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Warren Lee Kirbo

A memorial service for Warren Lee Kirbo, 64, is being planned at Camilla United Methodist Church on Saturday, Nov. 20, at 11 a.m.

Mr. Kirbo was born Jan. 12, 1946, to Thomas Levi Kirbo Jr. and Ellen Hall Kirbo, both of whom predeceased him. He died Friday, Nov. 12, 2010, at his home in Mount Juliet, Tenn.

Warren was married once for about a year. After the divorce, his brother, Glenn, called him to see how he was doing.

Warren said, “Fine. Why do you ask?”

Glenn said, “Well, you just went through a divorce and I thought you would be down.”

To which Warren replied, “Well, she wanted to get married!”

Warren was a talented pen and ink artist and drew hundreds of homes, courthouses, university buildings, law schools, boats, aircraft and ships. He was recognized and won several awards for his artwork. Warren loved to use extreme detail in pictures that could only be seen with magnification. He enjoyed including detail and history in every picture. Some of his artwork included drawings of buildings at the University of Georgia, University of Florida, North Georgia College and State University, Mercer University and Vanderbilt University.

At times, Warren was academically misunderstood. When he was in high school his teacher, Mrs. Davis, asked the class to write an English paper five pages in length.

Warren asked, “What subject should we write about?”

She told him to write it on any subject he wanted but no four-letter words. She thought she had better say this, knowing Warren. Warren proceeded to write a five-page paper with no four-letter words and turned it in to Mrs. Davis. She then threw him out of the class and sent him to the principal, Mr. Waters.

Warren protested, “I was the only student who had no four-letter words in my paper! You try! It’s hard!”

In addition to being academically misunderstood, there were other difficulties he encountered in high school. His fondness for nature frequently got him in trouble.

Mrs. Gertrude Kemp approached Warren while he was typing in her class where she saw a snake stick its head out of Warren’s shirt. Warren found a snake at school and hid it in his shirt to take home after school. The snake stuck its head out while Warren was talking to Mrs. Kemp. Mrs. Kemp did not expel Warren only because Warren’s mother was Mrs. Kemp’s best friend. But that did not mean she did not want to.

Warren had difficulty at North Georgia College and State University, where he majored in mathematics. On his final exam, the professor gave him an F, meaning he would not graduate. Warren went home to Camilla and told his parents he had failed his last required math class. Warren’s Aunt Kate knew the math professor called him to find out why Warren had failed. The professor said that Warren took his final in ink when he had been specifically instructed to only use pencil. The professor would not even grade the paper. Aunt Kate begged him to grade it and he did. Warren had worked the problems perfectly and would have earned an A but for the ink. The professor would only give him a B on principle; however, Warren ended up graduating from the college he loved.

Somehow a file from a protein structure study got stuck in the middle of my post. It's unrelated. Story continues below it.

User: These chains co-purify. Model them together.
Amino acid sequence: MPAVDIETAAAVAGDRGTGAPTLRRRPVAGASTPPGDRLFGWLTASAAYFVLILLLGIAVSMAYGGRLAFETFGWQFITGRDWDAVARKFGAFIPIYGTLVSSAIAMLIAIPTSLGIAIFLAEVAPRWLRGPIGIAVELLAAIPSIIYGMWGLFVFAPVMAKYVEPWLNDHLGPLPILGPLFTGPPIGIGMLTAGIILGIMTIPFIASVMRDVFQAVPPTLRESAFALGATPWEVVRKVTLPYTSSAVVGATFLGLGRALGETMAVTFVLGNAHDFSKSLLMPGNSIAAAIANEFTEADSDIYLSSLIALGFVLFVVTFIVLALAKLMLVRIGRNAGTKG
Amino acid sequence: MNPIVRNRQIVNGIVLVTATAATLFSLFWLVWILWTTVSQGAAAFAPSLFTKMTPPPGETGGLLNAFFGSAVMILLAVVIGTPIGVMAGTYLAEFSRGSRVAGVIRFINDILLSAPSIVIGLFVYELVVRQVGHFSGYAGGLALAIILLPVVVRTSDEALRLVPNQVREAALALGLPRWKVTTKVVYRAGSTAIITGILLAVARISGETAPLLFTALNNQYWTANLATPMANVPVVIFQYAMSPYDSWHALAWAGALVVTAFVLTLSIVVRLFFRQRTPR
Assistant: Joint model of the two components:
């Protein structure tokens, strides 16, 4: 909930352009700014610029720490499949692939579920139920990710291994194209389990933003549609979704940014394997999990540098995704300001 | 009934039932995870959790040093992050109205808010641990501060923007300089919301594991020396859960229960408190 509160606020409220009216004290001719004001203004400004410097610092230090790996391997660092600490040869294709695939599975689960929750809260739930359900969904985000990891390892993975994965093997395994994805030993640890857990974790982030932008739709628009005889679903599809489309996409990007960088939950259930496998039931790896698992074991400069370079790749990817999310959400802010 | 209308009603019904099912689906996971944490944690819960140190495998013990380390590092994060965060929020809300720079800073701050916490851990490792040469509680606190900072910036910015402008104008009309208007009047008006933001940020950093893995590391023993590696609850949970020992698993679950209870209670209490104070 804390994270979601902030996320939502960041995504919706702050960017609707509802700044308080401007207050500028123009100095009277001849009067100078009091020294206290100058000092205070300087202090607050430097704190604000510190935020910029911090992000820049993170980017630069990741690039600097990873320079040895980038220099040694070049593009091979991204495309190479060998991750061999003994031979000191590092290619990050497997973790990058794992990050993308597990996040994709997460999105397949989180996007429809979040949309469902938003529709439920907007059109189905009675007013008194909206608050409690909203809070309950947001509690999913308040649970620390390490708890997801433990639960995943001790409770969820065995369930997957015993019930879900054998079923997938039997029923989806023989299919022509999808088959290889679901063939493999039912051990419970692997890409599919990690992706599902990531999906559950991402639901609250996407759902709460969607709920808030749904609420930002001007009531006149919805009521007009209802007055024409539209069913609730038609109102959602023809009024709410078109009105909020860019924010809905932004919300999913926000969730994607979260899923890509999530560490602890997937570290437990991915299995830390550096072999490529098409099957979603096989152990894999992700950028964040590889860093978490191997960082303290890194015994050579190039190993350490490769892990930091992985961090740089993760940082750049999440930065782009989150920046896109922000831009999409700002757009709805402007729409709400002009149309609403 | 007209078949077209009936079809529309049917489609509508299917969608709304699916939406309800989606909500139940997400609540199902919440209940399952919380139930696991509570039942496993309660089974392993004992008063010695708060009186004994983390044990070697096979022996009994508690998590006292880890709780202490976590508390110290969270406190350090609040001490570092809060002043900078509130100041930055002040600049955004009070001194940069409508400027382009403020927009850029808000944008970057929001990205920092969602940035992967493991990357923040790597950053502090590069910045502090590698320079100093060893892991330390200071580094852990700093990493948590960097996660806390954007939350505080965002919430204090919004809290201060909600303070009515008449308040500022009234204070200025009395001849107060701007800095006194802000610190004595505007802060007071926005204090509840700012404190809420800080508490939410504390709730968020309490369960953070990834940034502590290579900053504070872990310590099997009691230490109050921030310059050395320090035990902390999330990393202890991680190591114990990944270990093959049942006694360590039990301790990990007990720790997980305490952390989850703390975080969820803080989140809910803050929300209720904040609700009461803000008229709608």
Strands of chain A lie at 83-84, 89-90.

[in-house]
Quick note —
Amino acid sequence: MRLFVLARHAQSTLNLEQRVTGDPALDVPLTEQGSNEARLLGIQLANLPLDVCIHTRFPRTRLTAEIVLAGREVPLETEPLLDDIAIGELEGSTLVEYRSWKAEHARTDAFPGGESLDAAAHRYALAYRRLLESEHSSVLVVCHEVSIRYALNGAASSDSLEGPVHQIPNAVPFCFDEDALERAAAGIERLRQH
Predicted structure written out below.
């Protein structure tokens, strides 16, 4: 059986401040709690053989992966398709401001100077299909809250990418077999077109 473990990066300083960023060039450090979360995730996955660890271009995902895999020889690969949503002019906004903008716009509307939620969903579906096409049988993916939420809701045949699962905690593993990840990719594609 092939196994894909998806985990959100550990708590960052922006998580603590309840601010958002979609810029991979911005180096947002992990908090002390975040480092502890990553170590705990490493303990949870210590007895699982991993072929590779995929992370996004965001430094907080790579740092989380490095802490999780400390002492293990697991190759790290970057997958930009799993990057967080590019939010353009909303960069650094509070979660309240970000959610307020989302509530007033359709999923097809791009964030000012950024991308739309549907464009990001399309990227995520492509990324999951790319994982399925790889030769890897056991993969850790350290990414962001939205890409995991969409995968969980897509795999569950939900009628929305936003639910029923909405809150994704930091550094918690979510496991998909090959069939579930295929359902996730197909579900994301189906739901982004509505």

Warren loved his North Georgia College and State University ROTC buddies and enjoyed his stint in the Army, where he was stationed in the Panama Canal Zone. He enjoyed working on the college class reunions and running the Web page for it.

Warren was amazing to his family, a great brother and friend. Warren’s family would like to thank everyone who loved Warren during his lifetime, especially his friend, David Howell.

Please join Warren’s family and friends for a service in the sanctuary, followed by a gathering in the Fellowship Hall. If you can attend, please feel free to share “Warren stories” or “Warren-isms”!

Warren is survived by his sister, Helen Virginia Kirbo of Albany, Ga., his brothers, Thomas Levi Kirbo III of Moultrie, Ga., and Glenn Arthur Kirbo, of Albany.

Warren was unmarried and was survived by his niece, Dorothy Kirbo McCranie of Moultrie; and five nephews, Thomas Levi Kirbo IV of Moultrie, Clifford Nation Kirbo of Moultrie, Glenn Arthur Kirbo Jr. of Atlanta, Campbell Warren Kirbo of Macon and John Hall Kirbo of Albany.

Warren is also survived by six grand-nieces, Meredith Lane Kirbo, Aurora Olivia Kirbo, Ruth Anne McCranie, Ellen Virginia McCranie, Eva Holland Kirbo and Ansley Mae Kirbo, and four grand-nephews, Thomas Levi Kirbo V, Marshall Thomas McCranie, James Nation Kirbo and Charles Keaton Kirbo.

In lieu of flowers, the family requests that donations be made to Camilla United Methodist Church (39 South Harney Street, Camilla, GA 31730) or to North Georgia College and State University in Dahlonega, Ga.

Nashville Funeral and Cremation Service is in charge of the arrangements.